Julian Rosefeldt is internationally renowned for his visually opulent and meticulously choreographed moving-image works, presented as compelling installations that carry viewers into surreal, theatrical realms.
Rosefeldt’s latest work, a forty-three minute, single-channel film In the Land of Drought, 2015/2017, is set in an imaginary post-Anthropocene world and confronts the relationship between humanity and its impact on the earth. Shot entirely by drone, the camera’s bird’s-eye view observes an army of ‘scientists’ emerging to investigate the archaeological remnants of civilisation after humanity has made itself extinct. Rosefeldt, known for using unexpected locations and ambiguous narratives in his films, shot In the Land of Drought in abandoned film sets near the Atlas Mountains in Morocco, which appear like ruins of ancient cultures. The second half of the film is shot in the Ruhr area, a vast industrial landscape and historic centre of Germany’s coal production. The ‘scientists’ dressed in white lab suits resurface to roam abandoned steel mills and coal pits before congregating in an amphitheatre. The figures perform a surreal, ritualistic choreography in the circular structure as the atmospheric sounds increase to a climatic rhythm. Resonating with current concerns about environmental damage and climate change, In the Land of Drought is a condensed version of Rosefeldt’s filmic interpretation of Joseph Haydn’s The Creation, which he conceived for the Ruhrtriennale Festival of the Arts in 2015.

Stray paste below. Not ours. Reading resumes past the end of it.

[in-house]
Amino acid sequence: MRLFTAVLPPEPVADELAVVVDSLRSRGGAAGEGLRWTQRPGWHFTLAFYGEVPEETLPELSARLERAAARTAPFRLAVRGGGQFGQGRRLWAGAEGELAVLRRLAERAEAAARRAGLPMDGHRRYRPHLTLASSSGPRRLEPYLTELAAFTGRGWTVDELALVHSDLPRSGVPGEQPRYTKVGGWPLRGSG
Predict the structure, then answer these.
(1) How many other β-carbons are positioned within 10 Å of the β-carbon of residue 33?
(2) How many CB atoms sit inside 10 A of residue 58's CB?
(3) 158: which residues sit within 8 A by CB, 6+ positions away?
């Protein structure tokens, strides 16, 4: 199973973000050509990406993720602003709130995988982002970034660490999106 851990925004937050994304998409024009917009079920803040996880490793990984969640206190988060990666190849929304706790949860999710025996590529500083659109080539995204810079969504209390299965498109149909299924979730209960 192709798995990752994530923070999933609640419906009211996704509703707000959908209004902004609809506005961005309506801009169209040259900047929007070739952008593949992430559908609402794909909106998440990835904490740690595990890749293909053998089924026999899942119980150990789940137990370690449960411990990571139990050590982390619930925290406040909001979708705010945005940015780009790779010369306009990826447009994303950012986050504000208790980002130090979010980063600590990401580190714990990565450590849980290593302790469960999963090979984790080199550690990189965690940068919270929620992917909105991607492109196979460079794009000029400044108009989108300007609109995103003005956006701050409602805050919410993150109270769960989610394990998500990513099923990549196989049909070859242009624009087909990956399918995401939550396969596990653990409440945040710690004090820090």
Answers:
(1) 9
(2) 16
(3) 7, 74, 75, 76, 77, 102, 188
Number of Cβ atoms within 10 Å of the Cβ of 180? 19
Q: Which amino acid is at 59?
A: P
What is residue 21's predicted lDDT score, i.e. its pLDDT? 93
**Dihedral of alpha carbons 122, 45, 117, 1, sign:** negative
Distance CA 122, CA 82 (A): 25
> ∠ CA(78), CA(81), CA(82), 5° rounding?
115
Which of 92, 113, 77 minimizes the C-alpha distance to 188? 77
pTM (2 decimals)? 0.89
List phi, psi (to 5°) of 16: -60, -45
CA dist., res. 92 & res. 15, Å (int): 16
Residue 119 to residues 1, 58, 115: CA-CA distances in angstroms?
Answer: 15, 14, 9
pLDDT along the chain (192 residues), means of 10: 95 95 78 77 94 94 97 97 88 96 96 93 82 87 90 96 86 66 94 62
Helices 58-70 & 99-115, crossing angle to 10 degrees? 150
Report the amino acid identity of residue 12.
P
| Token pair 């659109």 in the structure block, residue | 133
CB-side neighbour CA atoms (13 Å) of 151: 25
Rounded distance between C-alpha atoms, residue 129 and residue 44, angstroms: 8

Julian Rosefeldt was born in Munich, Germany in 1965. He studied architecture in Munich and Barcelona, graduating in 1994, and has lived in Berlin since 1999. Rosefeldt was a Guest Professor at the Bauhaus-Universität Weimar, Faculty of Media Art, from 2009 to 2010. Since 2011, he has been Professor for Digital and Time-based Media at the Akademie der Bildenden Künste, Munich. In his early works, Rosefeldt explored hidden and forgotten urban spaces, and dealt with Germany history through photography, film and found footage. Stadt im Verborgenen (City in Concealment), 1994, created as a graduation project in collaboration with Piero Steinle, surveyed the concealed function and history of buildings around Königsplatz in Munich during the Nazi era and highlighted the lack of information accessible to the public about these structures.
Since the late 1990s, Rosefeldt’s film and video works became increasingly cinematic, with complex narratives, meticulous production and opulent imagery, while also questioning familiar filmmaking techniques and patterns of narration. He continued his early enquiries into hidden industrial and post-industrial sites in his multi-channel film installations The Shift, 2008 and Manifesto, 2015.
Rosefeldt has a collaborative approach to working; his film projects during the last decade have become increasingly complex. In the Land of Drought was shot in twelve locations across two countries and created with a thirty-person crew including drone pilots and an animal trainer. Rosefeldt’s architectural background has provided him with a wider perspective on the process of creation and has contributed to his multidisciplinary approach to art-making, in which he considers sociology, urbanism, and design alongside art history.
Katharina Prugger, Assistant Curator, Contemporary Art, National Gallery of Victoria